The TVR is Back and We Like It!
Automologist MAC welcomes TVR resurrection, and its first offering isn’t too shabby.
Growing up in the UK’s motorsport world as I did in the 70’s, you could always count on a small, almost boutique manufacturer from Blackpool, England called TVR to come up with some of the most stupidly overpowered creations that were more about unruly high performance, sideways into a corner, and frankly challenging ownership experience. In short, TVR was very much the hooligan of the performance world.
Well, it is back and it is time to introduce you to the all-new 21st century TVR Griffith. And according to the press releases, looks like it has thrown decorum out the window again.
TVR is now under new management ever since Les Edgar, a wealthy internet entrepreneur, took control of the company from the Russians in 2013, and this time they seem to have a plan and the money to back it. The first offering is the all-new Griffith, a name that lives long in the history of TVR, and it makes sense that such a legendary name should be dusted off and given the chance to strut its stuff once again.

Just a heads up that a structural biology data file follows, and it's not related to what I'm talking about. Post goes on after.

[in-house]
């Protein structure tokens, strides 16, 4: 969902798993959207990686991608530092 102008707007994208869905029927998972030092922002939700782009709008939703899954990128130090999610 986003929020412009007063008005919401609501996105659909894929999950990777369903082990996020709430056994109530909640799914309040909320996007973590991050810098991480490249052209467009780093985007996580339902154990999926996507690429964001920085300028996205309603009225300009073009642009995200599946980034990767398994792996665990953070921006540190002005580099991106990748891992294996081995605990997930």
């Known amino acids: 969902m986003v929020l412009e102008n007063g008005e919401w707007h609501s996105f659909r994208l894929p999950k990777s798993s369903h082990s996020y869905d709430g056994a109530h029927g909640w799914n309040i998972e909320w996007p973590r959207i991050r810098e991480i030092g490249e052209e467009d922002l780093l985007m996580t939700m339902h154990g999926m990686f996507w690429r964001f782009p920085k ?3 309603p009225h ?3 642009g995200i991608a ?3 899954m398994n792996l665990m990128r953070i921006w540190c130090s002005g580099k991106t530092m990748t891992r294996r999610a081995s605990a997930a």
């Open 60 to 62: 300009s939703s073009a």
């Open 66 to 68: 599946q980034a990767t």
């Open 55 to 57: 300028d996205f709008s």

It is just stunning, with its exhausts coming out the sides and artistic front wheel arches and aerodynamically curved body. Yup, looks like the new boys at TVR are cooking with the same recipe. This shouldn’t surprise you, though, as Les Edgar is a self-confessed TVR addict. Under the hood is a 5-litre V8 Ford Mustang engine, but for the Griffith, this has been given the Cosworth treatment to deliver more acceptable levels of power and torque, and to include a dry sump to improve the cars centre of gravity. The engine has also been positioned behind the front axle, making a 50:50 weight distribution possible.
Don’t think there will be any automatic versions anytime soon either, as the engine has been mated to the Tremec Magnum six-speed manual box; even that sounds particularly hairy chested. The car is largely carbon fibre, the first to use the Gordon Murray Designs iStream technology, and as a result, has a power to weight ratio of 400bhp per tonne—good enough to get the car over the magic 200 miles per hour mark. Can’t wait to see it.